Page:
What are some of the creatures we can expect to see?

Thankfully, the Lickers are all CGI on this, so I built some practical stand-ins. There's [a picture of] a hand floating around the Internet. We built some other pieces to help the CG guys. One of the biggest builds I've had besides the zombies have been the cocoons which are a new invention of Paul's that fit along the game. It helped the story elements.  We trapped the little girl in the film and Milla has to rescue her, and so we had to create these cocoons, which are like egg pods. We're not really sure why they're there, but they help move the story along and from an aesthetic point of view, it was really fun. They had to look egg-ish and like a Licker because they come from the Licker, but they're their own entity.

We saw something that looked like a heart with tentacles…

Big claws, yeah. Those are the Licker pods. Some people call them pods, I call them cocoons, and we had to rig that with a whole ripping action so Milla can rip it open and reach in. The girl is trapped inside and, because she knows sign language, she's signing through the cocoon which is a nice story point.

Do you have someone at work right now on the set?

No, not today. We were cyber-scanning some zombies, tomorrow we have to do a biker zombie and then we have to do 70 zombies.

Are you inspired by Tom Savini?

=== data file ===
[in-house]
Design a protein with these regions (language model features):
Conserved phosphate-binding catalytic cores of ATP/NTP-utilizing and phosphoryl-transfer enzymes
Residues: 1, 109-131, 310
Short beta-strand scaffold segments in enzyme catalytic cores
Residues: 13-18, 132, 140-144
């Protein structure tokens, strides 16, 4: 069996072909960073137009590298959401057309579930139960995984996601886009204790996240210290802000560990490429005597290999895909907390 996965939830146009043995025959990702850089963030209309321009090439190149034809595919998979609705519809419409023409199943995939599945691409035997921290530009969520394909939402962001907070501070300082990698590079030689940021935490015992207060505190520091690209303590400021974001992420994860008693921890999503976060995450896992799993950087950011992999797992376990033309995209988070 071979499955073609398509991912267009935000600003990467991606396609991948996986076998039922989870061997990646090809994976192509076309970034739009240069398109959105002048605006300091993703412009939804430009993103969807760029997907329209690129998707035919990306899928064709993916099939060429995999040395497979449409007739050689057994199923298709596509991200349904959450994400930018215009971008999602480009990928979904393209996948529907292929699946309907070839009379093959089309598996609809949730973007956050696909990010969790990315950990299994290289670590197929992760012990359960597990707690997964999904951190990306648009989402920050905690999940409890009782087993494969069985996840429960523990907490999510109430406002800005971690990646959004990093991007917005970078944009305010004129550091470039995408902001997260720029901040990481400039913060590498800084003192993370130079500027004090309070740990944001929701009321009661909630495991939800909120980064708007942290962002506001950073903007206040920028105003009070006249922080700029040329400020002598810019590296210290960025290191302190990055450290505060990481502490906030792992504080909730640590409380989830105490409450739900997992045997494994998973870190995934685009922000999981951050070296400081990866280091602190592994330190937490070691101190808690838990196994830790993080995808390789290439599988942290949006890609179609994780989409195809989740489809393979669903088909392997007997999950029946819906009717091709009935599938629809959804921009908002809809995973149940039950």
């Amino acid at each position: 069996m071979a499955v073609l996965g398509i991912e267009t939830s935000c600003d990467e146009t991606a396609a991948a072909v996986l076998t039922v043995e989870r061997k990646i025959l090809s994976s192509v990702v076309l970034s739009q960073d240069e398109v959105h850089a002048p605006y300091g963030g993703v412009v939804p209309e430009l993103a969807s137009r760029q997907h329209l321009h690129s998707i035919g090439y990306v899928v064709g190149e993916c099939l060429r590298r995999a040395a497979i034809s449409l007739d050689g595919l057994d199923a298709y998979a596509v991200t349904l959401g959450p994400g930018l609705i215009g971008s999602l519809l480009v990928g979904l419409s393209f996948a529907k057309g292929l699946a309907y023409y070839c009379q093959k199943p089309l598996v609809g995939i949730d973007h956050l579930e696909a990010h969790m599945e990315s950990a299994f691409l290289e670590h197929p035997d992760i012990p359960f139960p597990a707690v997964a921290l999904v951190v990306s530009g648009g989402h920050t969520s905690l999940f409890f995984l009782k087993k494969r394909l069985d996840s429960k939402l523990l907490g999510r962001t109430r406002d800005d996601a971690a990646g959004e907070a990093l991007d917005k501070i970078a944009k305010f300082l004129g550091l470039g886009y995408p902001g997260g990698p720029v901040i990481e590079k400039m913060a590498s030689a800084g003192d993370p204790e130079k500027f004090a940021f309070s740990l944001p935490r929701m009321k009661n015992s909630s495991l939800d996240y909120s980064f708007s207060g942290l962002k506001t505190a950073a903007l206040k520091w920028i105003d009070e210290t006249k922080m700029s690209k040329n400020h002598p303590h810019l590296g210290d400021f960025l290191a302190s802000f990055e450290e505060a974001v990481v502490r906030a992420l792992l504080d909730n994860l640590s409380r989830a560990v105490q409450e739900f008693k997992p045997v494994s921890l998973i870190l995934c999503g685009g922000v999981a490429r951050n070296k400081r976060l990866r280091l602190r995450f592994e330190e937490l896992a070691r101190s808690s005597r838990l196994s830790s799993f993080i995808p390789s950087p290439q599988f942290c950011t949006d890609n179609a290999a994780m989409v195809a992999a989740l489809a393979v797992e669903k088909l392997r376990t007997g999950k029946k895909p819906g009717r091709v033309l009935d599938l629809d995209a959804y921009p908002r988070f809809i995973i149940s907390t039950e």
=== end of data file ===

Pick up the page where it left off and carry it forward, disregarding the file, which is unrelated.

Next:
I actually know Tom very well. We almost did a movie together. He came in as a designer. This was like 15 years ago. They hired me to build the stuff, he was the designer and three weeks into the production, the money fell out. He was pissed because he just bought a new car.

Can you talk about the cyber-scanning you're doing?

Yeah, obviously when we have a crowd of zombies, we can't do them all. What they do is huddle a crowd of zombies and shoot them against a green screen. But then you have certain elements like a zombie falling off of a building or crushed by a tank, for instance. I'm not saying that happens in this movie. If you cyber-scan someone as a zombie, it creates this 3D element which the CG guys can then animate. We bring a person in, put them in make-up, costume, everything and they stand there and are captured in three dimensions. Instead of creating a zombie from scratch, you have that element there and you animate it. You can duplicate them as well and give them all separate actions. So, if you have a crowd scene with hundreds of zombies, it's much easier to do this and duplicate them. You can customize each one. A good percentage of our days has been doing the make-up and taking them off to the CG guys so they can get a reference.